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Dominant Zach Randolph returns to help Memphis force a Game 7

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As Zach Randolph goes, so go the Memphis Grizzlies.

While that statement might not necessarily be true on a game-by-game basis, it’s certainly true in terms of just how far Memphis will go in these playoffs. The Grizzlies needed every bit of Randolph’s 30 points and 13 rebounds in Game 6, on their way to a come-from-behind, 95-83 victory on Friday that will force a Game 7 back in Oklahoma City on Sunday.

“He got life early in the game,” Thunder head coach Scott Brooks said of Randolph. “I thought it gave him confidence, and throughout the game he was getting better. I thought the second half … it seemed like he made every big shot for them.”

Randolph started strong with eight points in the first quarter, but the second half was where he did most of his damage. While Oklahoma City tried to protect its double-digit halftime lead by launching again and again from beyond the 3-point arc, the Grizzlies went to Randolph down low, and he delivered, especially late, with 12 points and six rebounds in the fourth quarter.

Randolph’s game was especially important, given that he hadn’t done much of anything in this series since his dominant performance in Game 1. In the four games before this one, Randolph had largely been kept under wraps, managing to hit on just 22-of-69 in those games.

But Game 6 was different. And Randolph said he was feeling it from the very start.

“I felt pretty good tonight,” Randolph said. “My rhythm was there, my shot felt good, so I was just trying to be aggressive. I told myself from the beginning, I don’t want to sit back and wait. I want to try to push it — push myself, and assert myself early, and get into the game.”

The Grizzlies made a change to their starting lineup, and inserted O.J. Mayo in place of Sam Young to begin Game 6. Randolph admitted that this may have created some extra space for him to operate, but his aggressiveness from the start was really the difference, especially when comparing his efforts from the last four games of this series.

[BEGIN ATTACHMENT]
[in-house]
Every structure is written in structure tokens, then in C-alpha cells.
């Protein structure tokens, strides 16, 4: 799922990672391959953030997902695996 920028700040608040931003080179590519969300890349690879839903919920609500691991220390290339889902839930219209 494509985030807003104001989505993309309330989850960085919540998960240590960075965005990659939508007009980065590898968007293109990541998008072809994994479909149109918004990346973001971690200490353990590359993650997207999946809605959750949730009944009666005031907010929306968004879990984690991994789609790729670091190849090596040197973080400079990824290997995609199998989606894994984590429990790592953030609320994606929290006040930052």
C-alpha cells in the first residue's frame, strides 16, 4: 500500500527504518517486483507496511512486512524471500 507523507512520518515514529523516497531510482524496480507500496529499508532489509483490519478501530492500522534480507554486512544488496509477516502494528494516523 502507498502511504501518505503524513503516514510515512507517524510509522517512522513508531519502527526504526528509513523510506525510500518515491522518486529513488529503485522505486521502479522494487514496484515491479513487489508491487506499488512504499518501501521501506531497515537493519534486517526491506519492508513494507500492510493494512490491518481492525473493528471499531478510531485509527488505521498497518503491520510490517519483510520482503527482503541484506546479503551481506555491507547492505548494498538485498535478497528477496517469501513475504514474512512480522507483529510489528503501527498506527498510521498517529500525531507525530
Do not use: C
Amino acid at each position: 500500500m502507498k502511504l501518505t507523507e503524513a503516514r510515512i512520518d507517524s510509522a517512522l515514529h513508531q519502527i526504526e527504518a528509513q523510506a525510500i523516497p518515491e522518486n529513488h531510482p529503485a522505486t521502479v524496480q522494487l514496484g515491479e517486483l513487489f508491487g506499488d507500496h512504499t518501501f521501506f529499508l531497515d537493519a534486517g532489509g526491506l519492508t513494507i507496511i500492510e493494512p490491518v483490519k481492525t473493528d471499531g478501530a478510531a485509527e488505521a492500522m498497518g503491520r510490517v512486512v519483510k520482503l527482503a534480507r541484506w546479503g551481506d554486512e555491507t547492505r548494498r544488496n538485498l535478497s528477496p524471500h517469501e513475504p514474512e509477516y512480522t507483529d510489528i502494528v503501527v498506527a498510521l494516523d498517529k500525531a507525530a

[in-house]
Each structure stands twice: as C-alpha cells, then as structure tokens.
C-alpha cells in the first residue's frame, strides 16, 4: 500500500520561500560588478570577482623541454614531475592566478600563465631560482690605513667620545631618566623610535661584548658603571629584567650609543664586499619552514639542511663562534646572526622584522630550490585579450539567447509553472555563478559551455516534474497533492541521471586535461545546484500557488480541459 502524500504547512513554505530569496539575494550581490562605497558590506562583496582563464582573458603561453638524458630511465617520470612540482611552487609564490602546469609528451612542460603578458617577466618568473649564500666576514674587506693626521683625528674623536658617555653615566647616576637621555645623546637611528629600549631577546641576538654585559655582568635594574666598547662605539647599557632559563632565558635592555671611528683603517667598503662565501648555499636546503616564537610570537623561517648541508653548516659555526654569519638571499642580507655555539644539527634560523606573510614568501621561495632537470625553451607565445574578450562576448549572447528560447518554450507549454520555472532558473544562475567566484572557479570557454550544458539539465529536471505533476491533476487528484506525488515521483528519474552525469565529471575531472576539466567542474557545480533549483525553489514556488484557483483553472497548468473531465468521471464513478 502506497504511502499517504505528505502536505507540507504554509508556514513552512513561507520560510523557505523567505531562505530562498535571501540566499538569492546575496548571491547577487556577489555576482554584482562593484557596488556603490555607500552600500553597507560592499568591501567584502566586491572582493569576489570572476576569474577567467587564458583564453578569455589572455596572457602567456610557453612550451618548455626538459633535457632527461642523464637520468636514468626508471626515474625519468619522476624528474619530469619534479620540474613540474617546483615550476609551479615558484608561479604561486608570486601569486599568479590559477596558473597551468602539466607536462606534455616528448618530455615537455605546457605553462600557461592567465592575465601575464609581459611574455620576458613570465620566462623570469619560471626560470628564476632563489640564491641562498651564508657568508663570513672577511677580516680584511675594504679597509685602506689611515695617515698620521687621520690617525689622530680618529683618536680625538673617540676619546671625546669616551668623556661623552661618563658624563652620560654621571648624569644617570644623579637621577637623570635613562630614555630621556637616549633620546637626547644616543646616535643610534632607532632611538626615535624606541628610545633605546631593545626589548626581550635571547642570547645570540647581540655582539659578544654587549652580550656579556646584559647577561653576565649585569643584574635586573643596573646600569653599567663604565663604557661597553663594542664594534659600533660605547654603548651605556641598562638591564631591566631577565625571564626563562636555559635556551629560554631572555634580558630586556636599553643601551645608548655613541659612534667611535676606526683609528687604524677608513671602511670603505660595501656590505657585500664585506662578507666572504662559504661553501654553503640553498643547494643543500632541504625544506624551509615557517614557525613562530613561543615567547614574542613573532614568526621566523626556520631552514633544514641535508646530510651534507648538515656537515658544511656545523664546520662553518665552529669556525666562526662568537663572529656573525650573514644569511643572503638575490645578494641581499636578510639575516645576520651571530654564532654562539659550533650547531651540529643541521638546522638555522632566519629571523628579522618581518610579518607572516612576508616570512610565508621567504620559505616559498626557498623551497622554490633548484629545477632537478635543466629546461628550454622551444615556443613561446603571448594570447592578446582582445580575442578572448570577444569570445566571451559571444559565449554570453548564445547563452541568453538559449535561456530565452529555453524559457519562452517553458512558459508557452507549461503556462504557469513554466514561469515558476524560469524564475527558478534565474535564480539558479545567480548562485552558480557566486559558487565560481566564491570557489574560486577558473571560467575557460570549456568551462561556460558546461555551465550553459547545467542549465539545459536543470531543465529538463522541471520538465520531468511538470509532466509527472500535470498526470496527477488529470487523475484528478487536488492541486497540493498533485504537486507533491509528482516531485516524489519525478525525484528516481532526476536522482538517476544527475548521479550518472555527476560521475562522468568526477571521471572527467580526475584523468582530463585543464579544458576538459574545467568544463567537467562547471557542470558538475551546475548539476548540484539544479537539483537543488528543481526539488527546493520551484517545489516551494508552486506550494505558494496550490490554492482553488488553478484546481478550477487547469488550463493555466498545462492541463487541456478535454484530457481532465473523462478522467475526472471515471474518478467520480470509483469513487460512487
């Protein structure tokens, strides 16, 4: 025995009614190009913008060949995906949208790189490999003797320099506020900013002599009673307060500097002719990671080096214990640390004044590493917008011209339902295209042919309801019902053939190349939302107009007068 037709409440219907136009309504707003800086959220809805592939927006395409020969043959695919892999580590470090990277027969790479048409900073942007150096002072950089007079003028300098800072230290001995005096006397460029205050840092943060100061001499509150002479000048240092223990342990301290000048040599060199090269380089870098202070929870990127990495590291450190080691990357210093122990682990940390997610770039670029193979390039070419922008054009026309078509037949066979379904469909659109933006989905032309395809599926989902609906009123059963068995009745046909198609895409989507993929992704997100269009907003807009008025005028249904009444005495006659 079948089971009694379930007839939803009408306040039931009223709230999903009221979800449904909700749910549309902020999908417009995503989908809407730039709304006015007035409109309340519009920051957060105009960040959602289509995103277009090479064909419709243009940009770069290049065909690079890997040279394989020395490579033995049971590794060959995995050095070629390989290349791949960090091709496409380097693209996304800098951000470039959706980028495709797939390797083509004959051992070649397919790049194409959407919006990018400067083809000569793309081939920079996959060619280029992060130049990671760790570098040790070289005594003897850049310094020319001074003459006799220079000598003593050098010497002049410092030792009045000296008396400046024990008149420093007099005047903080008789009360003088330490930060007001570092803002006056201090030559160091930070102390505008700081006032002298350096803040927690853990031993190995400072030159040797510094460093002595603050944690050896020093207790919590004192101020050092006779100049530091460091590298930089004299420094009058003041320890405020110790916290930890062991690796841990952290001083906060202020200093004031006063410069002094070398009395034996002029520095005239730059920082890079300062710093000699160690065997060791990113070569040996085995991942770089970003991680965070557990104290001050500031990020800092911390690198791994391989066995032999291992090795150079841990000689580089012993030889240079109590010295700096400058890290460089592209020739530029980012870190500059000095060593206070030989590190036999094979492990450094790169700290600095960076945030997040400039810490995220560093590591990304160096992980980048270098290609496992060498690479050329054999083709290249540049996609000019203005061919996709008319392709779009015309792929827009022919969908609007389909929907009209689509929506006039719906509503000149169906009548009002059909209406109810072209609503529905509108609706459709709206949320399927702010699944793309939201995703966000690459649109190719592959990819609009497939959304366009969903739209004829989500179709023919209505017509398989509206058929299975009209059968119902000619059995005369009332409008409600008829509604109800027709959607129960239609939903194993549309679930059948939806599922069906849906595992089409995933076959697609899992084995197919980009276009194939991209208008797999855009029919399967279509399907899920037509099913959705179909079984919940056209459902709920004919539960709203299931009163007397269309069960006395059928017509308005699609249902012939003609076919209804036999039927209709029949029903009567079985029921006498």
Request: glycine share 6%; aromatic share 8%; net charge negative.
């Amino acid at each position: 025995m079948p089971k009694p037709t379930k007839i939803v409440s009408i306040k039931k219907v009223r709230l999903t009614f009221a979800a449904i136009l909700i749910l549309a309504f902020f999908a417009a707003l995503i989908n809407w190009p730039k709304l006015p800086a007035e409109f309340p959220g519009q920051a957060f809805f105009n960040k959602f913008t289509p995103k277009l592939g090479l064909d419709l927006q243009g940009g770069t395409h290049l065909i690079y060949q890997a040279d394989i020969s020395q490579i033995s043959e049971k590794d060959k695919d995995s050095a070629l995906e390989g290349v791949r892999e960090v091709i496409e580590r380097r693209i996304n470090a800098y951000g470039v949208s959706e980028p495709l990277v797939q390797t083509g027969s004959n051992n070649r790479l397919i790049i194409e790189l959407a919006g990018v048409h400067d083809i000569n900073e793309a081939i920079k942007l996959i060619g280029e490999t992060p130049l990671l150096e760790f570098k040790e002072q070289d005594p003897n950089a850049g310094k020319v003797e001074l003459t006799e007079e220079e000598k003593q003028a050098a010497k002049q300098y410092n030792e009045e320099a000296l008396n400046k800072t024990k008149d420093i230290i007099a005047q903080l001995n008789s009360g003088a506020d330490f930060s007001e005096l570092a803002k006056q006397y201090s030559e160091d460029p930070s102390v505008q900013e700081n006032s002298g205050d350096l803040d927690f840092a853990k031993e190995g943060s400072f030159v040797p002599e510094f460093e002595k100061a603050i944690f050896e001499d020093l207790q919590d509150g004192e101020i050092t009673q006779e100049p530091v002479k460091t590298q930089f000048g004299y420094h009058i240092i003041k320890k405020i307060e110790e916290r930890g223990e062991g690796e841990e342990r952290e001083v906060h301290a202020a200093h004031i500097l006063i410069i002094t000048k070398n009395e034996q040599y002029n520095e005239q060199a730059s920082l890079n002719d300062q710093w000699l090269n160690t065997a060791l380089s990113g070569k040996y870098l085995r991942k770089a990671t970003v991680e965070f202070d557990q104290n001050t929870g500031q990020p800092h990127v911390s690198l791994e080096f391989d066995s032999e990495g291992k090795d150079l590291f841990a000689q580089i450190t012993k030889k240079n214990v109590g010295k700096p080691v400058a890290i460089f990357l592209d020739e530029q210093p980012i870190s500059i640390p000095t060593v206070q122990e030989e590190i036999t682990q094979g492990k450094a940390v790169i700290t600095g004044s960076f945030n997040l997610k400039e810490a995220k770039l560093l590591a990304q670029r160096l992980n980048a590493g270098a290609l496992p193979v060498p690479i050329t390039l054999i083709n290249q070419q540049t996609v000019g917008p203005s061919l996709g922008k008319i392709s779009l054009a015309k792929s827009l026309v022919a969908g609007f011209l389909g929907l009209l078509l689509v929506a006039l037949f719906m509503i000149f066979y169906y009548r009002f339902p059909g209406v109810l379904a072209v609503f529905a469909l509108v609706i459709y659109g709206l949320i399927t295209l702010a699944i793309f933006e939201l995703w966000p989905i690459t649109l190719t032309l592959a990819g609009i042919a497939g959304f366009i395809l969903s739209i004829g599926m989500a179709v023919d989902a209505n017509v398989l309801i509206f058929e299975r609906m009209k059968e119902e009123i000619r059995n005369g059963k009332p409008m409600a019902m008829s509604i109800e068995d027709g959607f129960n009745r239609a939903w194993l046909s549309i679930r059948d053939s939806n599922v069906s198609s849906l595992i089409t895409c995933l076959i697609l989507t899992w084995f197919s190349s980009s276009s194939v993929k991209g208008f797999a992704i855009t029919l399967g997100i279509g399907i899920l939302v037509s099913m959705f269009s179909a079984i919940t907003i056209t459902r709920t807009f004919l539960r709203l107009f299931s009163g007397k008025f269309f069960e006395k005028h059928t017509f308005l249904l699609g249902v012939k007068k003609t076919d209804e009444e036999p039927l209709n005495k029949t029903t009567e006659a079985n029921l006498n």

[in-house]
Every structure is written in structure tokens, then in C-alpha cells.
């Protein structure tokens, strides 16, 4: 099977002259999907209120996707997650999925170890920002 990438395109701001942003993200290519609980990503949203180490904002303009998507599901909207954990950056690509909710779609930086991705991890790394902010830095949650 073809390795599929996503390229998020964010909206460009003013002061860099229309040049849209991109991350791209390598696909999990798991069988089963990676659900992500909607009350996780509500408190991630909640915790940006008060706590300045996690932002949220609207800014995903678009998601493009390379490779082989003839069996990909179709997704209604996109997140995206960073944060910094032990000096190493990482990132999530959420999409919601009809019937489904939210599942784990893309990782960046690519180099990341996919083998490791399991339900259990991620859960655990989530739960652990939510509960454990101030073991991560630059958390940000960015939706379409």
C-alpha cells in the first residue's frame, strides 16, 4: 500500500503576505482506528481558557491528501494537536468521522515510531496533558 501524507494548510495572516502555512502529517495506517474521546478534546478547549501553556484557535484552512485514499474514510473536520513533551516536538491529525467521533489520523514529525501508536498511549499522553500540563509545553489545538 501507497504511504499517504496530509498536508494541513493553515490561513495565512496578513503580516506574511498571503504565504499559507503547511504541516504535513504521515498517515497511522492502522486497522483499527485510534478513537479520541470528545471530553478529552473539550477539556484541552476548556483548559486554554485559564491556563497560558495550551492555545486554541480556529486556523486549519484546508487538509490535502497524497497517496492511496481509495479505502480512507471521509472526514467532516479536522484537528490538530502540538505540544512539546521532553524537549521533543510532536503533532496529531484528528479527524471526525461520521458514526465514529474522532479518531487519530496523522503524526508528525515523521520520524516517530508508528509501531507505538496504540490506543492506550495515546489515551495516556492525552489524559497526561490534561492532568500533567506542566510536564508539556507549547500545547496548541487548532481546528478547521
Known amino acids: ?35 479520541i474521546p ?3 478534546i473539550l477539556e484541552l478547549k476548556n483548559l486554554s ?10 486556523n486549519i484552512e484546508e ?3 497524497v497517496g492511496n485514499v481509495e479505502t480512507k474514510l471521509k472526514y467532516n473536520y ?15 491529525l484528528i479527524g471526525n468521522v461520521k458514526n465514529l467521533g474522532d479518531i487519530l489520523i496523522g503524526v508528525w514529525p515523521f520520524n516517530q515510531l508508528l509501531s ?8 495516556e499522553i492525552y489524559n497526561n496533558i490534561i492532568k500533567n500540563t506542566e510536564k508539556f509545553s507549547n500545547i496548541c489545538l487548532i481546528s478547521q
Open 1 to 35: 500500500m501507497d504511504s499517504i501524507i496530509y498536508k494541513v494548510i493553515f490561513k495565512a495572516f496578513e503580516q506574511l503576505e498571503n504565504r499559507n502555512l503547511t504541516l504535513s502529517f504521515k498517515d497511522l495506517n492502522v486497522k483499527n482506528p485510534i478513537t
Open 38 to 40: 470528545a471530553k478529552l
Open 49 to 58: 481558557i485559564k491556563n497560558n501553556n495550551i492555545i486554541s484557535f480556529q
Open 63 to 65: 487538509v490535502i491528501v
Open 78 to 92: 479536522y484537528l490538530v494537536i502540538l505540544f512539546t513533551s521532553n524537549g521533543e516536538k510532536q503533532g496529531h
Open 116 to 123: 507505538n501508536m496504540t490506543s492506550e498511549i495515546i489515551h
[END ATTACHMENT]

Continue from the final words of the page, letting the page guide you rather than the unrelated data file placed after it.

The Thunder are a young team, one that doesn’t yet possess the mental toughness to close a quality team out on the road in a playoff series, as evidenced by their poor shot selection when Memphis made a run to start the second half. Quick threes and long jumpers are no way to stop a run on the road, and as a team, OKC finished just 4-of-25 from 3-point land, with Kevin Durant — who couldn’t get into a rhythm all night after having to sit with two early personal fouls — missing eight of his nine attempts from distance.

Things will likely be different for the Thunder when they host Game 7, but the same might not be true for Randolph. The aggressive way he attacked on Friday was reminiscent of his dominant 34-point performance in Game 1, and if he can bring it like that for just one more game, the Grizzlies might just find themselves in the Western Conference finals against the well-rested Dallas Mavericks.

Check out the Top 10 plays of last season from the Golden State Warriors

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Ball movement. Threes. Circus shots. Smack talk to opposing benches.

The Golden State Warriors were entertaining to watch on their way to 73-wins and a return trip to the NBA Finals. Stephen Curry, Klay Thompson, Draymond Green and the entire cast know how to put on a show. So take a couple minutes on an August Friday and check out their top 10 plays from last season.

Really? Online petition started to change name of Durant, Oklahoma, to Westbrook.

OAKLAND, CA - MAY 30:  Kevin Durant #35 of the Oklahoma City Thunder stands on the court in Game Seven of the Western Conference Finals against the Golden State Warriors during the 2016 NBA Playoffs at ORACLE Arena on May 30, 2016 in Oakland, California. NOTE TO USER: User expressly acknowledges and agrees that, by downloading and or using this photograph, User is consenting to the terms and conditions of the Getty Images License Agreement.  (Photo by Ezra Shaw/Getty Images)
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Durant, Oklahoma, is a city of just more than 15,000 people in the southern part of the state. It is the capital of the Choctaw Nation of Oklahoma, and it was named after its Choctaw founder, Dixon Durant.

But some people in Oklahoma are not high on the name Durant, lately. Kevin Durant decided to bolt the Oklahoma City Thunder for the Golden State Warriors this summer, and some Thunder fans feel betrayed. Understandably. Durant was well within his rights, but if you’re a Thunder fan and you’re not hurt by this it would be strange.

Still, you have to hope what follows is satire. It reads like it.

Oklahoma’s Ryan Nazari created a Change.org petition asking the city of Durant be renamed the city of Westbrook. As in Russell Westbrook. The guy who signed a contract extension to stay in Oklahoma (for just one extra year, but still). Read the petition below and tell me it doesn’t sound like satire.